N2 - INTRODUCTION Threatened, perforated, and infarcted bowel is managed with conventional resection and anastomosis (hand sewn [HS] or stapled [ST]). The SHAPES analysis demonstrated equivalence between HS and ST techniques, yet surgeons appeared to prefer HS for the critically ill. We hypothesized that HS is more frequent in patients with higher disease severity as measured by the American Association for the Surgery of Trauma Emergency General Surgery (AAST EGS) grading system. METHODS We performed a post hoc analysis of the SHAPES database. Operative reports were submitted by volunteering SHAPES centers. Final AAST grade was compared with various outcomes including duration of stay, physiologic/laboratory data, anastomosis type, anastomosis failure (dehiscence, abscess, or fistula), and mortality. RESULTS A total of 391 patients were reviewed, with a mean age (±SD) of 61.2 ± 16.8 years, 47% women. Disease severity distribution was as follows: grade I (n = 0, 0%), grade II (n = 106, 27%), grade III (n = 113, 29%), grade IV (n = 123, 31%), and grade V (n = 49, 13%). Increasing AAST grade was associated with acidosis and hypothermia. There was an association between higher AAST grade and likelihood of HS anastomosis. On regression, factors associated with mortality included development of anastomosis complication and vasopressor use but not increasing AAST EGS grade or anastomotic technique. CONCLUSION This is the first study to use standardized anatomic injury grades for patients undergoing urgent/emergent bowel resection in EGS. Higher AAST severity scores are associated with key clinical outcomes in EGS diseases requiring bowel resection and anastomosis. Anastomotic-specific complications were not associated with higher AAST grade; however, mortality was influenced by anastomosis complication and vasopressor use. Future EGS studies should routinely include AAST grading as a method for reliable comparison of injury between groups. LEVEL OF EVIDENCE Prognostic, level III.

AB - INTRODUCTION Threatened, perforated, and infarcted bowel is managed with conventional resection and anastomosis (hand sewn [HS] or stapled [ST]). The SHAPES analysis demonstrated equivalence between HS and ST techniques, yet surgeons appeared to prefer HS for the critically ill. We hypothesized that HS is more frequent in patients with higher disease severity as measured by the American Association for the Surgery of Trauma Emergency General Surgery (AAST EGS) grading system. METHODS We performed a post hoc analysis of the SHAPES database. Operative reports were submitted by volunteering SHAPES centers. Final AAST grade was compared with various outcomes including duration of stay, physiologic/laboratory data, anastomosis type, anastomosis failure (dehiscence, abscess, or fistula), and mortality. RESULTS A total of 391 patients were reviewed, with a mean age (±SD) of 61.2 ± 16.8 years, 47% women. Disease severity distribution was as follows: grade I (n = 0, 0%), grade II (n = 106, 27%), grade III (n = 113, 29%), grade IV (n = 123, 31%), and grade V (n = 49, 13%). Increasing AAST grade was associated with acidosis and hypothermia. There was an association between higher AAST grade and likelihood of HS anastomosis. On regression, factors associated with mortality included development of anastomosis complication and vasopressor use but not increasing AAST EGS grade or anastomotic technique. CONCLUSION This is the first study to use standardized anatomic injury grades for patients undergoing urgent/emergent bowel resection in EGS. Higher AAST severity scores are associated with key clinical outcomes in EGS diseases requiring bowel resection and anastomosis. Anastomotic-specific complications were not associated with higher AAST grade; however, mortality was influenced by anastomosis complication and vasopressor use. Future EGS studies should routinely include AAST grading as a method for reliable comparison of injury between groups. LEVEL OF EVIDENCE Prognostic, level III.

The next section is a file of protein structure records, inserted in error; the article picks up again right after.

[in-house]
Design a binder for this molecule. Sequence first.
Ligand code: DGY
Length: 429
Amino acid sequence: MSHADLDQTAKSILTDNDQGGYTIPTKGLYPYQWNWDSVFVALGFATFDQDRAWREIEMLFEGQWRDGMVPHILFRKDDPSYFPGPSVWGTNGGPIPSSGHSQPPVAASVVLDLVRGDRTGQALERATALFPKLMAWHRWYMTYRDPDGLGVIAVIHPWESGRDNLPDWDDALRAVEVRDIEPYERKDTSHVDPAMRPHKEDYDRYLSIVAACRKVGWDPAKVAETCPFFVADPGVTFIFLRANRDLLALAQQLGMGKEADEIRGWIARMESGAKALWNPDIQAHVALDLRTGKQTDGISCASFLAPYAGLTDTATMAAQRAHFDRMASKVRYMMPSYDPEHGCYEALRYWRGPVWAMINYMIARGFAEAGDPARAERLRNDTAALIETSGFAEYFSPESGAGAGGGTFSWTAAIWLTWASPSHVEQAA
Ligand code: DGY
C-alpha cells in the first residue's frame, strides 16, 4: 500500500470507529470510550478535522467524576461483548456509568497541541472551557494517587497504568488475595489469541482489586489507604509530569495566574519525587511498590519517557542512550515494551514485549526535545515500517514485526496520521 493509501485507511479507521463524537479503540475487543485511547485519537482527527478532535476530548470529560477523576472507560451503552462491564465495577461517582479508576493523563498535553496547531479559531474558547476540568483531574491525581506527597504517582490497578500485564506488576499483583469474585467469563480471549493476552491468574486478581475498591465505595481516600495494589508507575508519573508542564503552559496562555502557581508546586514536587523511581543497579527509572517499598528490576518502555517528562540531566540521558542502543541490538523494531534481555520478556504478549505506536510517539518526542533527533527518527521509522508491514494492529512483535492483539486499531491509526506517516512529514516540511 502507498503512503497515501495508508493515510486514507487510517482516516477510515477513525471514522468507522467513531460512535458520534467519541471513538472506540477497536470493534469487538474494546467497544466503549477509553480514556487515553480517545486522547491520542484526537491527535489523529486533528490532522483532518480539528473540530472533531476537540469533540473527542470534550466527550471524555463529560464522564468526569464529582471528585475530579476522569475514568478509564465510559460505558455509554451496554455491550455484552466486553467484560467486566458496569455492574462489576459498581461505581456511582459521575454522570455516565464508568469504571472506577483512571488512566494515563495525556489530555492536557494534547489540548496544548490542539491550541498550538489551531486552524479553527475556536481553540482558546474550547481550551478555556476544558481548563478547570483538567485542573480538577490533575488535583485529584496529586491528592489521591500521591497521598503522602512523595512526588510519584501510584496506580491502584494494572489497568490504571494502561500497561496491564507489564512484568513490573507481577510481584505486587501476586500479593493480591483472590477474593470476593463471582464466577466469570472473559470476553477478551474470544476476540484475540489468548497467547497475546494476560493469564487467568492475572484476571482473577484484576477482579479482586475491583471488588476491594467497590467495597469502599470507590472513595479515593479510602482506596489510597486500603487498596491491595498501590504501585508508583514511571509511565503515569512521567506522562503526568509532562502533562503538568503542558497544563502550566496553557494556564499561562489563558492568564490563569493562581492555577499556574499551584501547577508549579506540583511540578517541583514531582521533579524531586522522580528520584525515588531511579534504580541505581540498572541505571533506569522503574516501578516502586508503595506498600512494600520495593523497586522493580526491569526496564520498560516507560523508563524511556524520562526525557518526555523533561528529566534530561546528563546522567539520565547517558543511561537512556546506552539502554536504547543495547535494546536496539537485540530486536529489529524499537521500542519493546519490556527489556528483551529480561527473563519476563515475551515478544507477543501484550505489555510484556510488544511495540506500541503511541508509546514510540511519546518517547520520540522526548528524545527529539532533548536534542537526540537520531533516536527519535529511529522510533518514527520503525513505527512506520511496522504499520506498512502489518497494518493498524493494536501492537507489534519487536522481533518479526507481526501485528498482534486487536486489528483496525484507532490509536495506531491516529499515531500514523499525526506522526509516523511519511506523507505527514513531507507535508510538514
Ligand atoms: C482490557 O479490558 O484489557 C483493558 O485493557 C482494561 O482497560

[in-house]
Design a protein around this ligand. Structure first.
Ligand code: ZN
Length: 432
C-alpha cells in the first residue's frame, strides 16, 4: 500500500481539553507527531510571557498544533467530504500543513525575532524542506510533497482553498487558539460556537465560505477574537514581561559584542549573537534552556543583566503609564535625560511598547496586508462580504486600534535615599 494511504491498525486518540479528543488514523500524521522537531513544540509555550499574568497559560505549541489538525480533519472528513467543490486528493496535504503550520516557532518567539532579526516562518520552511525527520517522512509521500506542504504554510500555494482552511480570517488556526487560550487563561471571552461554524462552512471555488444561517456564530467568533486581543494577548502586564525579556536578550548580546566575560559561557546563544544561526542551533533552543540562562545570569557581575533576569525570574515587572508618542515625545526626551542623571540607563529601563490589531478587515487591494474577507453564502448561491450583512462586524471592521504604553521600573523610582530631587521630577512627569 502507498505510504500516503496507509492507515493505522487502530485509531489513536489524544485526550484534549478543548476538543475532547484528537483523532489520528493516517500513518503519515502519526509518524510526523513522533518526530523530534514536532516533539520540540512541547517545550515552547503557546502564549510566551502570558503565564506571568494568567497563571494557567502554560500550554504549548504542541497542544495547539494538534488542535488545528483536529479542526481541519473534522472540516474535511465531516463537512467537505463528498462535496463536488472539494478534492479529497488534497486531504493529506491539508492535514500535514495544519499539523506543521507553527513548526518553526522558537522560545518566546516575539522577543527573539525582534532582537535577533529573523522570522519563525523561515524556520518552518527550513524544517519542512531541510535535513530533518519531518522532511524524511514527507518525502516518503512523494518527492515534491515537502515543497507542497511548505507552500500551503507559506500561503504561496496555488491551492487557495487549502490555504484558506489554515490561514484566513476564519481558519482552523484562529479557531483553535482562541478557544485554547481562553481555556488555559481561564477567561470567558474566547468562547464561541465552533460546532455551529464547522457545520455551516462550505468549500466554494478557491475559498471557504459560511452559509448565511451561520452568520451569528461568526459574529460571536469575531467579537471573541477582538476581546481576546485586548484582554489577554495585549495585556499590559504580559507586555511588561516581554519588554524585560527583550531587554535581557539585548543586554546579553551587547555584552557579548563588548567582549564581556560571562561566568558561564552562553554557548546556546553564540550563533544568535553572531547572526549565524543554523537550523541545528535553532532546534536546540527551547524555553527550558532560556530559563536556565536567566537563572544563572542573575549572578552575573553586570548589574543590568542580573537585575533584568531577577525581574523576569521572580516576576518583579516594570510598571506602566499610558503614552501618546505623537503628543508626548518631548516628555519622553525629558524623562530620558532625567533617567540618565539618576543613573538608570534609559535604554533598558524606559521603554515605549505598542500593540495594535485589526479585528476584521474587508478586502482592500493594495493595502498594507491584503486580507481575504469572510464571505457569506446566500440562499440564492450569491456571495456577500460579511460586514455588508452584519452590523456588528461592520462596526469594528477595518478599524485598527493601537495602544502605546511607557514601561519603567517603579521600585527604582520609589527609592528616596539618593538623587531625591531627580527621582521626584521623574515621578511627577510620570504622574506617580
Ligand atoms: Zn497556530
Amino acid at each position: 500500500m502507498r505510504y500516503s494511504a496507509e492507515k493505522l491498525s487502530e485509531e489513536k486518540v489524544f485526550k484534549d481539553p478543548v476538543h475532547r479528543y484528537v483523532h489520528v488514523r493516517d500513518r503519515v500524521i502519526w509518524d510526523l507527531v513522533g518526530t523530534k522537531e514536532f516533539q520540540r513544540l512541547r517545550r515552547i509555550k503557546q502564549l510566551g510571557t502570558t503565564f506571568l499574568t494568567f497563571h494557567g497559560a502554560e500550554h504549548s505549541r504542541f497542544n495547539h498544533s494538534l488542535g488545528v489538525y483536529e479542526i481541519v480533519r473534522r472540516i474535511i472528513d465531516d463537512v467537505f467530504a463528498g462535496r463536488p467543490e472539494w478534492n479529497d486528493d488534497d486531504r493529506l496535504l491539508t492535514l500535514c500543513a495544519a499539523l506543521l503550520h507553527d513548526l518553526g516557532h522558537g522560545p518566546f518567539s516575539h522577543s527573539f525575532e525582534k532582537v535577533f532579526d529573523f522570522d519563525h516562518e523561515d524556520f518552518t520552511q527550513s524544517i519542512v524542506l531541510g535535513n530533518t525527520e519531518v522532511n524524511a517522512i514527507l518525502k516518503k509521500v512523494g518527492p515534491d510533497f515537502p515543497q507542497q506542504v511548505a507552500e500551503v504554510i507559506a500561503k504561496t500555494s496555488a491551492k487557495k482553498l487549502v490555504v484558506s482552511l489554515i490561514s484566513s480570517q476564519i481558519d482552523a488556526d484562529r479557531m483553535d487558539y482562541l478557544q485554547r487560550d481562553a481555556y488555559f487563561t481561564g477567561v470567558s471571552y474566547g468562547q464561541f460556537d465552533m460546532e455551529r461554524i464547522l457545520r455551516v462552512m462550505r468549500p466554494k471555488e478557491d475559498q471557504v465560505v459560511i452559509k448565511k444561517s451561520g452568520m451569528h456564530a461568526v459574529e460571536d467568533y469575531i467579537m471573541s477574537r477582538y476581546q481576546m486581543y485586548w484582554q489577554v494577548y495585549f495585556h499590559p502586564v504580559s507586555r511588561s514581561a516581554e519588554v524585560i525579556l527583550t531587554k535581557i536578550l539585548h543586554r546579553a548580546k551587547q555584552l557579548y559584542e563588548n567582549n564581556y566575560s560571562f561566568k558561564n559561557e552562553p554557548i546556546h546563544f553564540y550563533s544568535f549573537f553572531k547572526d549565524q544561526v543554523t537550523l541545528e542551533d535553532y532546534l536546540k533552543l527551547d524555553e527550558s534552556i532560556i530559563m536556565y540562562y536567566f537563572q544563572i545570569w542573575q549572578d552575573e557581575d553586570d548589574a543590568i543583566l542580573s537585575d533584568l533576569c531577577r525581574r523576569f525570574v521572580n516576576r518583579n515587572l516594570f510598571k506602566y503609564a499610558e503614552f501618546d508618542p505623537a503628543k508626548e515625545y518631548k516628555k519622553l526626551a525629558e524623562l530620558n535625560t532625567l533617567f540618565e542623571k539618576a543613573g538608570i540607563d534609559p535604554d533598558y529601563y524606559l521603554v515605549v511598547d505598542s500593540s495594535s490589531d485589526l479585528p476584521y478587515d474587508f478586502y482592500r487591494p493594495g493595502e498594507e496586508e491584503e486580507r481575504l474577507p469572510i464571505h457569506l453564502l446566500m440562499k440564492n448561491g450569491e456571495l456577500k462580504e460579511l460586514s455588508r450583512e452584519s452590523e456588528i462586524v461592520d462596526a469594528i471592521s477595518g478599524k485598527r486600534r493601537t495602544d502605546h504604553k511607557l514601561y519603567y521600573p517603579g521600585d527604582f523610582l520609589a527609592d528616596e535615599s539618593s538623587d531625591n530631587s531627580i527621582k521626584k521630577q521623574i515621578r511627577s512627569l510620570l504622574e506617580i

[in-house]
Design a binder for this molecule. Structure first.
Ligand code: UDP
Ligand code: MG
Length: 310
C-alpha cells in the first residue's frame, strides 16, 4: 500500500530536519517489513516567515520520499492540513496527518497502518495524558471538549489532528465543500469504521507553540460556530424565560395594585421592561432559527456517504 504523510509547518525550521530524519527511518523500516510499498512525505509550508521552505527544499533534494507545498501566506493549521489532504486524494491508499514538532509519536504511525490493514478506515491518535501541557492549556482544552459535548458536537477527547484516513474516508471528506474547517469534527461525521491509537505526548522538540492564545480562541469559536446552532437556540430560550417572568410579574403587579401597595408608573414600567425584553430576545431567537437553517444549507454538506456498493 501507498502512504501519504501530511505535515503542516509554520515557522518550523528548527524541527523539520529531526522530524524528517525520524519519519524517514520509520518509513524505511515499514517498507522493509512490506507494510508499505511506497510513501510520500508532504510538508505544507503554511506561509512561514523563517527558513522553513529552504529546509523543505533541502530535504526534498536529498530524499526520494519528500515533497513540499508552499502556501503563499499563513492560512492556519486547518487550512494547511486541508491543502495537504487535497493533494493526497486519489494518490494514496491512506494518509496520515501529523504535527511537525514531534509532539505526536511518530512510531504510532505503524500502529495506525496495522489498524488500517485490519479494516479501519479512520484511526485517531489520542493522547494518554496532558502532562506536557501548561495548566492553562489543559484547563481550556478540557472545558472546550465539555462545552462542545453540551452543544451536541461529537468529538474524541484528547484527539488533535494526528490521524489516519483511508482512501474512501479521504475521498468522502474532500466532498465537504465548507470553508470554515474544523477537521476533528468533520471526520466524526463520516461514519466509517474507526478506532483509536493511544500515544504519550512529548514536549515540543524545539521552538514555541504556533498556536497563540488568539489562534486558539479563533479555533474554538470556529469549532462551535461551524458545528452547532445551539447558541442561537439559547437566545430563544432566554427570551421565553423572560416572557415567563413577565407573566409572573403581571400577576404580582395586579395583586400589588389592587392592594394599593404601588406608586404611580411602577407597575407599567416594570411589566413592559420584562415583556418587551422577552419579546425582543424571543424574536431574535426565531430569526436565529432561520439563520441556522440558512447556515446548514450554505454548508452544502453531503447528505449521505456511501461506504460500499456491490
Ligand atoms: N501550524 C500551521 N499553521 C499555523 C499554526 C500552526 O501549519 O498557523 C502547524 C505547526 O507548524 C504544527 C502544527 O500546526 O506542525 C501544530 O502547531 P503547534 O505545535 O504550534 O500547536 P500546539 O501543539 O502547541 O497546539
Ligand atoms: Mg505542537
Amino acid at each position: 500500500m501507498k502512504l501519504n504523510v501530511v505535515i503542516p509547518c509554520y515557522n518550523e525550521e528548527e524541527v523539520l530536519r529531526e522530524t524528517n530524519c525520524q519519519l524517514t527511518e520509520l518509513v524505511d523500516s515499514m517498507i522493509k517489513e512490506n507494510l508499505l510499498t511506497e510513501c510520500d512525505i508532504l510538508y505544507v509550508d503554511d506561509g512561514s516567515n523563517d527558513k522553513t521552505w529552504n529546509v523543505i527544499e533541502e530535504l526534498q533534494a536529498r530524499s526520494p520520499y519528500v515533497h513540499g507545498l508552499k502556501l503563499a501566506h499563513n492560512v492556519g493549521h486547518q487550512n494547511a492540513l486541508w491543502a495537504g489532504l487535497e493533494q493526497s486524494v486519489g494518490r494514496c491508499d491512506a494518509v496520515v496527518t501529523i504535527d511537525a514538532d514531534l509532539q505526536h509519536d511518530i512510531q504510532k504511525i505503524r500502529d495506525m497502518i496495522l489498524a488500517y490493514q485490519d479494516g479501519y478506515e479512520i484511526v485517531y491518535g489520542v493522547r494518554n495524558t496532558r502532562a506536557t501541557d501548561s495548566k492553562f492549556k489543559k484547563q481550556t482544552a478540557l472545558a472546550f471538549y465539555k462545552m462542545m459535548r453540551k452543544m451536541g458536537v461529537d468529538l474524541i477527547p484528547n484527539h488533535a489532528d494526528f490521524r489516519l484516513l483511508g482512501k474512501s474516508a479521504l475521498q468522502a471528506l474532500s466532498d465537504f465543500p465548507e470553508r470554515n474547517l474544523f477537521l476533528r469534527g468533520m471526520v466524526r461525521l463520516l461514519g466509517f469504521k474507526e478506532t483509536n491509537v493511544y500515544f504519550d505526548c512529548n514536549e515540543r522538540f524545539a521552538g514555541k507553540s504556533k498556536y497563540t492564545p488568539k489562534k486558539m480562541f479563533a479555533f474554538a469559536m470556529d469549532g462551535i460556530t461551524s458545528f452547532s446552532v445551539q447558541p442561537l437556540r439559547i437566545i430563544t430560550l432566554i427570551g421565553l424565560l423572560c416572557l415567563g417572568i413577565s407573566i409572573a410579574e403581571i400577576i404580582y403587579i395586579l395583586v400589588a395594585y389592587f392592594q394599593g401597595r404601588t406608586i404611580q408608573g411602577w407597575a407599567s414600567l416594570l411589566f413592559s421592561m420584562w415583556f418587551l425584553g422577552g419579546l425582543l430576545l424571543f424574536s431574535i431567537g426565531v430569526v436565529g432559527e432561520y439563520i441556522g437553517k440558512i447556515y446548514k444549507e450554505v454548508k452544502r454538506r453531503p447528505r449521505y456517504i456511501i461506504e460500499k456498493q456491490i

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Hernandez MC, Bruns BR, Haddad NN, Lauerman M, Morris DS, Arnold K et al. RESHAPES: Increasing AAST EGS grade is associated with anastomosis type. Journal of Trauma and Acute Care Surgery. 2018 Jun 1;84(6):855-863. https://doi.org/10.1097/TA.0000000000001864